Projection neurons extended efferent axons to a variety of targets, compatible with reports in other species that the IPN is an integrative center that establishes ascending and descending efferent connectivity with many CNS nuclei . It was common to observe axon terminals in a midline position just caudal to the IPN (Figure 4e,e'). This is the location of the serotonergic raphé nucleus, which is also innervated by the subset of habenular axons that pass around the IPN before converging to the midline (Additional file 1). IPN projection neurons also extended axons caudally towards other sites in the hindbrain as well as to regions of the tegmentum surrounding the IPN (Figure 4f,f',g).
The parapineal is necessary for laterotopic innervation of the IPN
Previous work has suggested that the parapineal influences asymmetric development of the epithalamus [12, 14] and the termination of L habenular efferent axons in the dIPN [15, 19] but the proposed re-organization of terminal arbors following parapineal ablation has not been confirmed by definitive axonal tracing experiments.
To explore if and how the parapineal influences the laterotopic targeting of habenular axons and morphology of individual axon terminals, we examined IPN innervation in embryos lacking a parapineal. Using Tg(flh:eGFP); Tg(foxD3:GFP) transgenic embryos, in which the pineal complex is labeled by GFP expression, we removed parapineal precursors by laser ablation at 24–28 hpf as they start to condense at the midline prior to migration towards the L epithalamus . Successful ablation of all parapineal cells was verified by confocal microscopy at 3 dpf and we subsequently examined various habenular markers or used lipophilic dye tracing to examine habenular connectivity at 4 dpf.
Consistent with previous data [12, 14, 15], ablation of the parapineal affected gene expression and neuropil organization in the habenulae (Additional files 6 and 7). L-sided lov expression, which is normally stronger than in the R habenula, was always reduced, though a small medial domain of expression consistently retained asymmetry (n = 20; Additional file 6b), in a similar region to where a small tuft of medial neuropil labeling also showed asymmetry (Additional file 6f). Complementing the reduction in lov expression, L-sided tag1, ron and dex expression were expanded to levels similar to those seen on the R (Additional files 6d and 7, and data not shown). Together, these results show that although parapineal ablation causes a substantial reduction in the magnitude of habenular asymmetry, the subtle LR differences in lov expression and neuropil organization suggest that the habenulae might retain distinct characteristics. We next assessed the consequences of parapineal ablation on habenular efferent axons.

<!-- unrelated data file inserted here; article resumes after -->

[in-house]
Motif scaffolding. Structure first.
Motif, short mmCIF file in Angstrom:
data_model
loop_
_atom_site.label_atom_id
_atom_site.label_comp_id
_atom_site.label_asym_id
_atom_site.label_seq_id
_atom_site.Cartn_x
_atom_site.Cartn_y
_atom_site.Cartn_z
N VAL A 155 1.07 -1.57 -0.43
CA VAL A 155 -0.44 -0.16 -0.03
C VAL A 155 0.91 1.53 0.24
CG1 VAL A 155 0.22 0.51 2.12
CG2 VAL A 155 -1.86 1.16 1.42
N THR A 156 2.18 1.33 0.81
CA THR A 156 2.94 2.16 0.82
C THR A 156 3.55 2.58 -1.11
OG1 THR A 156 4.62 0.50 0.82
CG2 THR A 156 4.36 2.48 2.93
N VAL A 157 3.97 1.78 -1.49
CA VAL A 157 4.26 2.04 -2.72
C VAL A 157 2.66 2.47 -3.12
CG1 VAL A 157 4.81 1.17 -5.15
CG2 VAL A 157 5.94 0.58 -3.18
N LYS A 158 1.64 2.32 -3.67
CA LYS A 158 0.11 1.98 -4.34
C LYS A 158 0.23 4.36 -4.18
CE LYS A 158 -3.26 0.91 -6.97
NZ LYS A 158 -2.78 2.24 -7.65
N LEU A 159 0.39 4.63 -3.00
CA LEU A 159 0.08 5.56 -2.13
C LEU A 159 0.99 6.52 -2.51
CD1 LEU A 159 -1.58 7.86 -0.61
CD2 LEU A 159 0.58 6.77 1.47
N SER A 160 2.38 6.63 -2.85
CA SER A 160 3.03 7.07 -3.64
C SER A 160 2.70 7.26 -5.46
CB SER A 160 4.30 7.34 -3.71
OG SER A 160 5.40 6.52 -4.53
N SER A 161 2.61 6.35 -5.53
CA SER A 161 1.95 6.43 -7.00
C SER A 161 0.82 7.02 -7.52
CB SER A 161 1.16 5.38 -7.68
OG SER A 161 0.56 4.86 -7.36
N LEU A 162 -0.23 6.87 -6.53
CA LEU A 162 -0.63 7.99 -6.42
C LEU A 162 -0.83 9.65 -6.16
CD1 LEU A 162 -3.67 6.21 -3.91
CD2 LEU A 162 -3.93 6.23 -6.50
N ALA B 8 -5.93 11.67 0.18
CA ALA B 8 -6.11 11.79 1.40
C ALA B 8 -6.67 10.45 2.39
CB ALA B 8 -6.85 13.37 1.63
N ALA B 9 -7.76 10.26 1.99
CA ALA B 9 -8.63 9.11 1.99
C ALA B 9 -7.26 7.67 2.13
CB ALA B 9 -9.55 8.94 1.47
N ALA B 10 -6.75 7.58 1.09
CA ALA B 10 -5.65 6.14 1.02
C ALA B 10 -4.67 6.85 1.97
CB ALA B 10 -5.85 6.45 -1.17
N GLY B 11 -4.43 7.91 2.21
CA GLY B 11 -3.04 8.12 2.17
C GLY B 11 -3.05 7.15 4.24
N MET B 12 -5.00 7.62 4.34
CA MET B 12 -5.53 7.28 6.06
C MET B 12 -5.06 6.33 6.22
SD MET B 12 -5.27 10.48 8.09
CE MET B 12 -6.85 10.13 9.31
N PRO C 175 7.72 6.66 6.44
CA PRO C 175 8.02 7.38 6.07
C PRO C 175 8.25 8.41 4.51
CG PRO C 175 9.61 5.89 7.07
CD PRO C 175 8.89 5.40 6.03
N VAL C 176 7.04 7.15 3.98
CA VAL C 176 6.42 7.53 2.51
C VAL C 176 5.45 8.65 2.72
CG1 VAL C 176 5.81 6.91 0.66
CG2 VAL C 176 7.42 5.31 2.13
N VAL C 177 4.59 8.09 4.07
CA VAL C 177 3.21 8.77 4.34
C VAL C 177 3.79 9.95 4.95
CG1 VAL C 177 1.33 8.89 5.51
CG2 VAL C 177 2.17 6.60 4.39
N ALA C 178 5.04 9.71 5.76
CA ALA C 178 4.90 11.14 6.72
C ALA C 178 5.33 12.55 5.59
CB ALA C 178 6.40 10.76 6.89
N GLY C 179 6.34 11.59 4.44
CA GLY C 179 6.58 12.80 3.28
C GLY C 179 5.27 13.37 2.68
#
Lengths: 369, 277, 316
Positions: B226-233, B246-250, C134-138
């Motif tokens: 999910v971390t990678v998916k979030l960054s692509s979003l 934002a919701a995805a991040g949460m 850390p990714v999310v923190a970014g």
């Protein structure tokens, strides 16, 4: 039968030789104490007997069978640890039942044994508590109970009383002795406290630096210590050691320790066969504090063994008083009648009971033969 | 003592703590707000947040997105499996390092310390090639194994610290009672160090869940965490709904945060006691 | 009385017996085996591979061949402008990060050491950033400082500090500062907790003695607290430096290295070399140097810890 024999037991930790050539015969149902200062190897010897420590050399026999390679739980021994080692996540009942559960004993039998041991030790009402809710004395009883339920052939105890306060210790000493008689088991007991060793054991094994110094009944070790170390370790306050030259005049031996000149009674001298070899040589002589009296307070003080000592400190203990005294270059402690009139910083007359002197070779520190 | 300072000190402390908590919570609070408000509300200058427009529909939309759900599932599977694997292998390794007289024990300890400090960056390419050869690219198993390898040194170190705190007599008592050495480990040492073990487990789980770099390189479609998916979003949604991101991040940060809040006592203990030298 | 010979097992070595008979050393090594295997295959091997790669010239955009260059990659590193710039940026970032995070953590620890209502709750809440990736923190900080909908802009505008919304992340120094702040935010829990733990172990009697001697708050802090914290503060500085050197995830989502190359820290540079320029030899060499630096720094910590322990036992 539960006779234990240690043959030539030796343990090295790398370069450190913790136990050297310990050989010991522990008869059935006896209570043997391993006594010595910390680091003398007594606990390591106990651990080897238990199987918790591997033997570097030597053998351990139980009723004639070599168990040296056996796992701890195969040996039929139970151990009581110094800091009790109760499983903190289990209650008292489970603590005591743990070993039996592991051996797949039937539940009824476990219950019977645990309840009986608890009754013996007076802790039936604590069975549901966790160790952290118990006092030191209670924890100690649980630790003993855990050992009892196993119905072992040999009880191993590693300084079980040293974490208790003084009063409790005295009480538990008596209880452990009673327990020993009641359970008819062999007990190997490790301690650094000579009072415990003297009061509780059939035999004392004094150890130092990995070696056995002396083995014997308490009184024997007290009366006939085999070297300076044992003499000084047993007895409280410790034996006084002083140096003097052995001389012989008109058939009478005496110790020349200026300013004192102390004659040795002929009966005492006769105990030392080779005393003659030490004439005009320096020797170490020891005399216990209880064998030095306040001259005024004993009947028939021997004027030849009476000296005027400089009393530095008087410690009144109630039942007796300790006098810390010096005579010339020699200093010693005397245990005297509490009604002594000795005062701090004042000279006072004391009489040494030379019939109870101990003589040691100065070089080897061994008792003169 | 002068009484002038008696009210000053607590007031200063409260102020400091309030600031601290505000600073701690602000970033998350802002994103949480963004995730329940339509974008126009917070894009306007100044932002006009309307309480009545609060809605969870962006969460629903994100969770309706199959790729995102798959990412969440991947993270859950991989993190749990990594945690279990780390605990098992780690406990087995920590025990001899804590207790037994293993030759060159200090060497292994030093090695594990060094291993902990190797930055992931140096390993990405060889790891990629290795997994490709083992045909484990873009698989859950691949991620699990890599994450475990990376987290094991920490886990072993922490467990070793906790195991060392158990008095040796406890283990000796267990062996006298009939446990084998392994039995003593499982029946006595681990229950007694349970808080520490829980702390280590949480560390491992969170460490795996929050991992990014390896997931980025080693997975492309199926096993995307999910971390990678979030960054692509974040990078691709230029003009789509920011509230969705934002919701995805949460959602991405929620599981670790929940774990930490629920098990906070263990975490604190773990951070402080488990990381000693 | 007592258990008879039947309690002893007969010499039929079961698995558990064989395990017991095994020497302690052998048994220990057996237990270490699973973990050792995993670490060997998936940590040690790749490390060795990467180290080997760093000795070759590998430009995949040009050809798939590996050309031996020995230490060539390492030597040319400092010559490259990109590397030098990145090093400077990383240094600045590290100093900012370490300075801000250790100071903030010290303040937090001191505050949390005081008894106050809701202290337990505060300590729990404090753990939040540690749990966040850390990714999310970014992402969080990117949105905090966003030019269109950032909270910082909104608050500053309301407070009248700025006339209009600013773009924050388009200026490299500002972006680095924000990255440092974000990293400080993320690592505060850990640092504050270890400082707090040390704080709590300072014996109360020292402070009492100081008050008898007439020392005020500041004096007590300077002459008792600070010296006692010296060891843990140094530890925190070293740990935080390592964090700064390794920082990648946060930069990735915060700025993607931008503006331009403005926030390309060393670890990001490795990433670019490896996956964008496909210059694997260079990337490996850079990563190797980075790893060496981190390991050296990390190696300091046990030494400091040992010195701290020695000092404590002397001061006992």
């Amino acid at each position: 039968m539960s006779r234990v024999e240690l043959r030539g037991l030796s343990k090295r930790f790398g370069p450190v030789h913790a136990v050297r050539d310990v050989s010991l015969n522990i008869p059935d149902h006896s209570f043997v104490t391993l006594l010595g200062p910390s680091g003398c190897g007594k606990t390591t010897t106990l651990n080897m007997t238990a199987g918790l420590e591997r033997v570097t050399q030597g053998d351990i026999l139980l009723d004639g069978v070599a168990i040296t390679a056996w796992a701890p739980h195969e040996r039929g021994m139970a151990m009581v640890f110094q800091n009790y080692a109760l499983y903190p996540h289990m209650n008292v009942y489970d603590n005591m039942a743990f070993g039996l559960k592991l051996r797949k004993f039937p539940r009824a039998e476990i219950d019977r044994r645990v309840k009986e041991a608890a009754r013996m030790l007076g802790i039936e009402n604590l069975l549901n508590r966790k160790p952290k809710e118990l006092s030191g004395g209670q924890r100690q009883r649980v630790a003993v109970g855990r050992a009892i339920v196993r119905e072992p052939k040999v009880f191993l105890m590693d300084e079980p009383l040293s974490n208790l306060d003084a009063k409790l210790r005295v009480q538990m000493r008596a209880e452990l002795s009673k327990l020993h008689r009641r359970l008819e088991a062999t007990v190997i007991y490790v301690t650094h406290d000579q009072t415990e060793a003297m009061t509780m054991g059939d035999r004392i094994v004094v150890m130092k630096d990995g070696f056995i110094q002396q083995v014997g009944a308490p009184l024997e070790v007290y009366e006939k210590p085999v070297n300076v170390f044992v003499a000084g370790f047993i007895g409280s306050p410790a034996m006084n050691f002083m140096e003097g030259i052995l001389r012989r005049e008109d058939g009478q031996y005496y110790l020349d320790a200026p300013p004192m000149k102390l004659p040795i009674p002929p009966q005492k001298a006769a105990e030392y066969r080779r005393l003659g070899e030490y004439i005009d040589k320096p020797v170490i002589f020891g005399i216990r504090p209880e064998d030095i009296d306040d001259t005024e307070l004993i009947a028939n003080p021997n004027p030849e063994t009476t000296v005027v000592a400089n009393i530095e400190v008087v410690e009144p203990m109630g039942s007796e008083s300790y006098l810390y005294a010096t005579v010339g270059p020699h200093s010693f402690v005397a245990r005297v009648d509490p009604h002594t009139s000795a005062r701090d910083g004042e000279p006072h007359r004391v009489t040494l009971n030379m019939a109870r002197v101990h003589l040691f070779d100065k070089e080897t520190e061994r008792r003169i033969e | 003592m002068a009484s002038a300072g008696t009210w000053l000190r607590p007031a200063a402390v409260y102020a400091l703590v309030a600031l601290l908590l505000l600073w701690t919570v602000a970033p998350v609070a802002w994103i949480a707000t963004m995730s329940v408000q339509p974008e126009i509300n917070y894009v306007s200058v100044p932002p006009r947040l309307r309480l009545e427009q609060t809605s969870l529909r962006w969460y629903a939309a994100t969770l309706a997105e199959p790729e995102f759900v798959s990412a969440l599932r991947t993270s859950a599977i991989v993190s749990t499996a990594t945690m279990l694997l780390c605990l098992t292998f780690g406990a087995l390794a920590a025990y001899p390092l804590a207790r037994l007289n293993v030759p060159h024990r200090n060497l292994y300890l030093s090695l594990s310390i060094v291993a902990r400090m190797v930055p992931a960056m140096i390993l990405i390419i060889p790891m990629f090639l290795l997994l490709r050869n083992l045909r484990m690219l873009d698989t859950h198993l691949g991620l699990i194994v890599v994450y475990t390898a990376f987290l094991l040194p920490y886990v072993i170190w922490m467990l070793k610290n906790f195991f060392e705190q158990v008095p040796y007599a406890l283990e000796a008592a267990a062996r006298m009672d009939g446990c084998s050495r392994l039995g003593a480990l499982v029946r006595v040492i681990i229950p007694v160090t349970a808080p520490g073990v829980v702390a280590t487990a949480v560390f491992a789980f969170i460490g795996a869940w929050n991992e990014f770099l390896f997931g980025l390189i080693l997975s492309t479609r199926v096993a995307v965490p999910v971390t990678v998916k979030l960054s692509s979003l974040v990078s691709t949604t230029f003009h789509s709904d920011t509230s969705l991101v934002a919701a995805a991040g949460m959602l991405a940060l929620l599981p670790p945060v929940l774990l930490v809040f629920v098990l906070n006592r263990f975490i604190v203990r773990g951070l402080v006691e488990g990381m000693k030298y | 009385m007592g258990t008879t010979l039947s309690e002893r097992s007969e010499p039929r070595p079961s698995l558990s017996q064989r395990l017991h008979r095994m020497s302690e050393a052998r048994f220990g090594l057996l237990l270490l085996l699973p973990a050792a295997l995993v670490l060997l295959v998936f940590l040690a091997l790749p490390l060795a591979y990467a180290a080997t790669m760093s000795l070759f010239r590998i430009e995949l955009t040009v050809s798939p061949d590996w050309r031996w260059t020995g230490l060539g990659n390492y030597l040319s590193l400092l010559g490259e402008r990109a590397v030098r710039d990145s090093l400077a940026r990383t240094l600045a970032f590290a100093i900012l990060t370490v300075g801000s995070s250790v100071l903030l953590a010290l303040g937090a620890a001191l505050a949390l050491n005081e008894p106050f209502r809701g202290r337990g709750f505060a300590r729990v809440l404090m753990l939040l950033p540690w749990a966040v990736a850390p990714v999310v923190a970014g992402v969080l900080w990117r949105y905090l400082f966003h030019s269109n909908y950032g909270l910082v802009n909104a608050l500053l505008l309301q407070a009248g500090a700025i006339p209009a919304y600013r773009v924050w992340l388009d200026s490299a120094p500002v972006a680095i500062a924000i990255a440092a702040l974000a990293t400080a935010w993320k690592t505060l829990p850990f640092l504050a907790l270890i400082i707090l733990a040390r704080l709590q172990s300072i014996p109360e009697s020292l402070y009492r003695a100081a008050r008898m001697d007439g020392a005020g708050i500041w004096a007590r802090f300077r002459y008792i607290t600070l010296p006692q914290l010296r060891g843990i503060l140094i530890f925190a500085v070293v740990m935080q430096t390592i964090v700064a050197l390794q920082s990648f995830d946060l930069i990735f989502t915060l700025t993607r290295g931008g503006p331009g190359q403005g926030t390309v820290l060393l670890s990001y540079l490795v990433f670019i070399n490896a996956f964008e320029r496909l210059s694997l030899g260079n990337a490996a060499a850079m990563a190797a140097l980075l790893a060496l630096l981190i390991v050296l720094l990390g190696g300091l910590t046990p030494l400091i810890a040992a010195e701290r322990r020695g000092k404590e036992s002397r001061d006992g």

Analyses of IPN innervation using lipophilic tracer dyes to explicity and differentially label L- and R-sided axons in larvae lacking a parapineal clearly demonstrates that this structure influences the ability of L habenular projections to innervate the dIPN. Thus, consistent with our previous data , in unablated control larvae (n = 6) and in specimens in which the ablation procedure failed to remove all parapineal precursors (n = 9), L habenular axons show strong innervation of the dIPN and lesser innervation of the ventral target whereas R habenular axons almost exclusively innervate the vIPN (Figure 5a–a"' and 5b–b"'). In parapineal-ablated larvae there is a striking reduction in innervation of the dIPN by L habenular neurons (n = 13; Figure 5c–c"'). Moreover, we consistently observed denser innervation of the vIPN by L-sided axons, suggesting that L habenular projection neurons have re-routed to the ventral target (compare Figure 5a"' or 5b"' with 5c"'). In parapineal-ablated specimens, we also observed two tufts of neuropil at the rostral end of the dorsal nucleus containing both L and, to a lesser extent, R-sided axons (Figure 5c"). Our later experiments provide an explanation for these ectopic projections (see below).
These results confirm and expand upon previous interpretations [15, 19] and indicate that the targeting of L habenular axons to the dIPN is almost completely inhibited following parapineal ablation; at the level of analysis feasible with lipophilic dye tracing, the L and R habenulae show similar, symmetric patterns of efferent connectivity.